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Thread: How do I get my ACC +12v line to drop to zero

  1. #1
    Maximum Bitrate SAScooby's Avatar
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    How do I get my ACC +12v line to drop to zero

    Hi All

    I have been having huge problems with my Switched positive in that it doesnt drop to zero quickly when I switch the car off, it drops to 3.6V quite quickly, now this messes my shutdown controller around (and I have tried several) what can I do to the switched positive line to solve this ?

    I have tried small resistors etc and all to no real joy, some worked better than others but as my battery voltage changed so it became unreliable.

    What about a bigger resistor ? will this help if placed between the switched positive and the shutdown controller ? any idea of the value of the resistor needed ? or is it a case of trying different values until the shutdown controller "sees" 0V on switched positive ?
    Nano ITX / 512 MB / 60 GB / Panasonic slot load / M1-ATX / Bu303 / Sound blaster 24 / PPi amps / rockford sub

  2. #2
    Constant Bitrate Needstorage's Avatar
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    Quote Originally Posted by SAScooby
    Hi All

    I have been having huge problems with my Switched positive in that it doesnt drop to zero quickly when I switch the car off, it drops to 3.6V quite quickly, now this messes my shutdown controller around (and I have tried several) what can I do to the switched positive line to solve this ?

    I have tried small resistors etc and all to no real joy, some worked better than others but as my battery voltage changed so it became unreliable.

    What about a bigger resistor ? will this help if placed between the switched positive and the shutdown controller ? any idea of the value of the resistor needed ? or is it a case of trying different values until the shutdown controller "sees" 0V on switched positive ?
    Just use a 12V relay. I'm shure it will switch off at a 3.6V level.
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  3. #3
    Maximum Bitrate SAScooby's Avatar
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    tried the relay, using gnd on pin 85 ign on on 86, so the coil is energised when ign on, then I took the ign on from 86 to 30 which is the common, so when the car is off the relay is normally closed, when ign on the coil energises the relay allows current through and the shutdown controller then works, however this relay which is a 40A 12v one doesnt de energise the coil.....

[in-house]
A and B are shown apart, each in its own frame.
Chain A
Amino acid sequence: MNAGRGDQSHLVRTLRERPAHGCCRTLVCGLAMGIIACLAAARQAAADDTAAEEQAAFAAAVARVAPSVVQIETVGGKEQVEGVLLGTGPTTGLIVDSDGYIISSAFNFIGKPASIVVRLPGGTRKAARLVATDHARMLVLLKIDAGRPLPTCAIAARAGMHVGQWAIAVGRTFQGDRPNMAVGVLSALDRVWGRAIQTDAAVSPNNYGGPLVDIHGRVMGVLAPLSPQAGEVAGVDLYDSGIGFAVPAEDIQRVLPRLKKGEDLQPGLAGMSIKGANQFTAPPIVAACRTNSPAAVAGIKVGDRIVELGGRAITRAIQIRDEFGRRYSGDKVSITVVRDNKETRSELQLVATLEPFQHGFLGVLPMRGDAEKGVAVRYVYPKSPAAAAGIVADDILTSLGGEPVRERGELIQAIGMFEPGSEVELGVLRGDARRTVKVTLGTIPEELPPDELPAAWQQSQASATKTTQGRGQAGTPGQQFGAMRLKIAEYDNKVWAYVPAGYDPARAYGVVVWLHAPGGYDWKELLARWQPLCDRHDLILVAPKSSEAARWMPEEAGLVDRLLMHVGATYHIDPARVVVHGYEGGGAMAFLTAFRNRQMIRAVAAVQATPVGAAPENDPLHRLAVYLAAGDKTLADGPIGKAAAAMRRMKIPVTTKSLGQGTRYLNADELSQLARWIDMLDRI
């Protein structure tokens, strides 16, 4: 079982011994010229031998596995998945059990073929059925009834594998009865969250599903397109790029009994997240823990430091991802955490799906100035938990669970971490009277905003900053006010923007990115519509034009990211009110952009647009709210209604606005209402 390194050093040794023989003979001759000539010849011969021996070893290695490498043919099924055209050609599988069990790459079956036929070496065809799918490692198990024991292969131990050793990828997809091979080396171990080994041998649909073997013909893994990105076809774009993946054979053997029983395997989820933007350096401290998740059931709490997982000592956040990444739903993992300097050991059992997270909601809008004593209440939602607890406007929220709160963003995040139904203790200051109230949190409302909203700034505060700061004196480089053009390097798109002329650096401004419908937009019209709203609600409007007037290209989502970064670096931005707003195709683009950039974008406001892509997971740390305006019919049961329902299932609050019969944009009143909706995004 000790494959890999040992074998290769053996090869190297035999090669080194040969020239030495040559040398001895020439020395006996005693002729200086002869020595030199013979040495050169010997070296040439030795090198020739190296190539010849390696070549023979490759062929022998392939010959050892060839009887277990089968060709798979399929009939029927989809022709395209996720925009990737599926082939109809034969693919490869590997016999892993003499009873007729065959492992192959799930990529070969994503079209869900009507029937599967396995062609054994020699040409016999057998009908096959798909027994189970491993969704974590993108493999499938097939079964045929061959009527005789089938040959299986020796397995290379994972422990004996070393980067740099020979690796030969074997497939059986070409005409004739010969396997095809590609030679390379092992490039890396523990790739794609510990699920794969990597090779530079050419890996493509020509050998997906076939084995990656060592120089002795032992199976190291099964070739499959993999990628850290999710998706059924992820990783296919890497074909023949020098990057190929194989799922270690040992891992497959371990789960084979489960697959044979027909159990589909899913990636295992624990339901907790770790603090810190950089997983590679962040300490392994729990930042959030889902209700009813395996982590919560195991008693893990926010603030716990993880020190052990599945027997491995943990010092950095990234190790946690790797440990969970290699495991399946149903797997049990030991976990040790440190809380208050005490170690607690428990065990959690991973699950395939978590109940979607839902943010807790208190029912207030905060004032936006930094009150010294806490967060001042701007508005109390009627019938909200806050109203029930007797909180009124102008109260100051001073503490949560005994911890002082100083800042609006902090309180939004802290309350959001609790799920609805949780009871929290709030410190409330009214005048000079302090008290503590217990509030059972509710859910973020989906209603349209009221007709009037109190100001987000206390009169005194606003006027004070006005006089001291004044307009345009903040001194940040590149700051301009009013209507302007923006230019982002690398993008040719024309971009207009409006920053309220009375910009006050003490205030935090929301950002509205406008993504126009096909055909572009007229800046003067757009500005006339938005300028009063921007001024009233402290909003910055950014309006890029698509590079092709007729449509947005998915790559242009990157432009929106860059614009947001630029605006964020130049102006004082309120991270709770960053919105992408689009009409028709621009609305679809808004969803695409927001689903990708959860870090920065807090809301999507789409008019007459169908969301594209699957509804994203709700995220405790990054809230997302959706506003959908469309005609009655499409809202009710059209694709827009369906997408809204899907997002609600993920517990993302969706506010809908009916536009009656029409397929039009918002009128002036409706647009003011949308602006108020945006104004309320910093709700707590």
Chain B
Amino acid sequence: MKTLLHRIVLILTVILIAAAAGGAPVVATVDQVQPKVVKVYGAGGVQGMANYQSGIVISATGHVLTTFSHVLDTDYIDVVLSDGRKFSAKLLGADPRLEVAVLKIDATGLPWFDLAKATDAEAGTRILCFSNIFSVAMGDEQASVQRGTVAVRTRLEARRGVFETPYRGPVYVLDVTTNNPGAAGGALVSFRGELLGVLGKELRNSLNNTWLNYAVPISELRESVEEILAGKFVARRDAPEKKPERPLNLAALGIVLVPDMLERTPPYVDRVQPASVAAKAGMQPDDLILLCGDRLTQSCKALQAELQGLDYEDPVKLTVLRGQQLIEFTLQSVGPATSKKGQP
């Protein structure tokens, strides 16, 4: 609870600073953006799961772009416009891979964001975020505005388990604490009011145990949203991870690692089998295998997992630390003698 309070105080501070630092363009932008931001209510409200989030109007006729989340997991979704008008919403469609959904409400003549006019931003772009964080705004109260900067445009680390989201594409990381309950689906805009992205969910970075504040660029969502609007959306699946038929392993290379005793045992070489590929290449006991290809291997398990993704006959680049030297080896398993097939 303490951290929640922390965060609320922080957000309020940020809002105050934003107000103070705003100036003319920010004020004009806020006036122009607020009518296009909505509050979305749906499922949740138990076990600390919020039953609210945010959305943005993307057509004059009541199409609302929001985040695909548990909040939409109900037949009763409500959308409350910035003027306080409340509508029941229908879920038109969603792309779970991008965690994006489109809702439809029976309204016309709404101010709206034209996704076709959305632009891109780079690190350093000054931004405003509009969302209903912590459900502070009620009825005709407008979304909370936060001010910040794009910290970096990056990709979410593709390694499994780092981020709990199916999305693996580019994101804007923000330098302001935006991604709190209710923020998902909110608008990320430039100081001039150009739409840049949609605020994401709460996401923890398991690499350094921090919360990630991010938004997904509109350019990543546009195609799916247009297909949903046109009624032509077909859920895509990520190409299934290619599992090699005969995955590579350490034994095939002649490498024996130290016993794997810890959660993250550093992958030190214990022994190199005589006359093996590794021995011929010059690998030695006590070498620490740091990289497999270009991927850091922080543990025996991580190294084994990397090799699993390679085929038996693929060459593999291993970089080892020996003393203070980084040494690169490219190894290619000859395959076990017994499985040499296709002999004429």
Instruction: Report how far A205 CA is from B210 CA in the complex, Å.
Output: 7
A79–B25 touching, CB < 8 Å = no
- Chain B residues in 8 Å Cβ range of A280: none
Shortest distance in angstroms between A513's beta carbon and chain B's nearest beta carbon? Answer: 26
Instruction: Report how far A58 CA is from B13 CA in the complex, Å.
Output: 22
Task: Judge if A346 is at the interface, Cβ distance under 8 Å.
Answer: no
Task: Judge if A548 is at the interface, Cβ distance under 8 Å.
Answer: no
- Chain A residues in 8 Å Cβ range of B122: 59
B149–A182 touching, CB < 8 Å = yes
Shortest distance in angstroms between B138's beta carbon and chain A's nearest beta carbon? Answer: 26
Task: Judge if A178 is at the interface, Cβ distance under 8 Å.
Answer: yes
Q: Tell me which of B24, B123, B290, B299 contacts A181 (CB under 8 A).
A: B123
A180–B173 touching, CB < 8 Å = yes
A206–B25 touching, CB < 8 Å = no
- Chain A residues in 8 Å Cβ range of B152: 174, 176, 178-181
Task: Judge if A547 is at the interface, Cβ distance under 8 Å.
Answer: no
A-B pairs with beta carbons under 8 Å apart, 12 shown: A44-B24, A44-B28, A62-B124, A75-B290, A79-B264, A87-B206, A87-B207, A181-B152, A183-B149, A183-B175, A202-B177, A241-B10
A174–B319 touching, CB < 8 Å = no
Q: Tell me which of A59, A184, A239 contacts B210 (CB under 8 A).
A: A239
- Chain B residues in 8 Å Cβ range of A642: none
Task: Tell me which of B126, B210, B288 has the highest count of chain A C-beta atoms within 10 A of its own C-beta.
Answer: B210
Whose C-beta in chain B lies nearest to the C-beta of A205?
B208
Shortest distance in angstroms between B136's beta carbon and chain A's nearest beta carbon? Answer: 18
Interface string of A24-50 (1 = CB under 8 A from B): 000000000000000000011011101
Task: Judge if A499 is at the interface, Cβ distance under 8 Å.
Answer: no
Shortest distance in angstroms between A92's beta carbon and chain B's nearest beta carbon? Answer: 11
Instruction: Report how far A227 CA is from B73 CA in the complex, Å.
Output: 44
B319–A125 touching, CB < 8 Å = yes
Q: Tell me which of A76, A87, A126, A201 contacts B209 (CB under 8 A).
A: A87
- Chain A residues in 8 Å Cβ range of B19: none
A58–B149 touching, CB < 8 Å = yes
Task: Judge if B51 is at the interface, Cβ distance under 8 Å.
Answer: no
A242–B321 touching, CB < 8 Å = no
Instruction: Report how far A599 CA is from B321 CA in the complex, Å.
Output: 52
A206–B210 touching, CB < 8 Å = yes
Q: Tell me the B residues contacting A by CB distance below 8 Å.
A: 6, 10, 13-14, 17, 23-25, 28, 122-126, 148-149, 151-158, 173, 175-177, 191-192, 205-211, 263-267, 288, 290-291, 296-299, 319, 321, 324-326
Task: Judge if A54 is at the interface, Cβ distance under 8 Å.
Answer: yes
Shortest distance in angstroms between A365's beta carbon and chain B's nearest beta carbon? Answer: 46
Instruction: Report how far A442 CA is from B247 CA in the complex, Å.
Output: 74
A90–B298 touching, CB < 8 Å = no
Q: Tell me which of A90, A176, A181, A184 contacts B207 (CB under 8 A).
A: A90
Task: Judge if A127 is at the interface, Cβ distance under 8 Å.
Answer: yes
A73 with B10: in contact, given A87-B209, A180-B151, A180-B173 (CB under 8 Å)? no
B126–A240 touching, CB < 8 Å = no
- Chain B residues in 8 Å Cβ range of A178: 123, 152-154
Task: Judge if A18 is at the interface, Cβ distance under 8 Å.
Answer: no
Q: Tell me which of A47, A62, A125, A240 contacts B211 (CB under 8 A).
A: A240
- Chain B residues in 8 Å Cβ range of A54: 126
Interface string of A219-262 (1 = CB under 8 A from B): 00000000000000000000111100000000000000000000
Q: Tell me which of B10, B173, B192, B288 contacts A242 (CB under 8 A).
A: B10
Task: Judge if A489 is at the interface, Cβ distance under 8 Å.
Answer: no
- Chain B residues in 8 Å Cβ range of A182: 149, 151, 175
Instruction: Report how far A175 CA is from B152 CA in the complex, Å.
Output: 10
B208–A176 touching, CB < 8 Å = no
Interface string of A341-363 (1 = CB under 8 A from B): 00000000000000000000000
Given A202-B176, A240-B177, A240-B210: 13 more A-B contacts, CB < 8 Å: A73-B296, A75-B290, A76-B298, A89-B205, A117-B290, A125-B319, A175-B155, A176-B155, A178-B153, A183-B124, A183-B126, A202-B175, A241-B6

what about a light or fan powered by this circuit, to bring the voltage down quicker ?
    Nano ITX / 512 MB / 60 GB / Panasonic slot load / M1-ATX / Bu303 / Sound blaster 24 / PPi amps / rockford sub

  4. #4
    Constant Bitrate Nobias's Avatar
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    Throw in a little 12v LED with a resistor. That should be enough of a load to drop it.
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    Constant Bitrate dexy's Avatar
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    I think the relay solution mentioned earlier should work as quicky. If you say the relay still doesn't switch off at 3.6v, you can try this.
    Measure the coil resistance of the relay with a multimeter. (i.e put the multimerter accross the pins of the relay that power the coil. I'm not sure of the pin numbers in my head, but just read them off the casing)

    get an equivalent or as close as possible resistor to that of the relay coil.

    put it in series with the relay. (12v)+---(resistor)-----[relay]----gnd.

    this should divide the 12volts going to the relay into 1/2.
    So if the acc switch is on, then u will get half the value to power the relay i.e 6v instead of 12v.

    if the acc is off(and u get that 3.6v), the relay should see 1.8v. The relay should not make it on @ 1.8v, except that relay is on crack.

    Oh also that resistor might be hard to find @ radioshack, if you cant get it,
    check jameco.com, digikey.com, allelectronics.com.
    Just look for similar value like +/- 100ohms.

    But are u sure the relay is still [email protected]?

  6. #6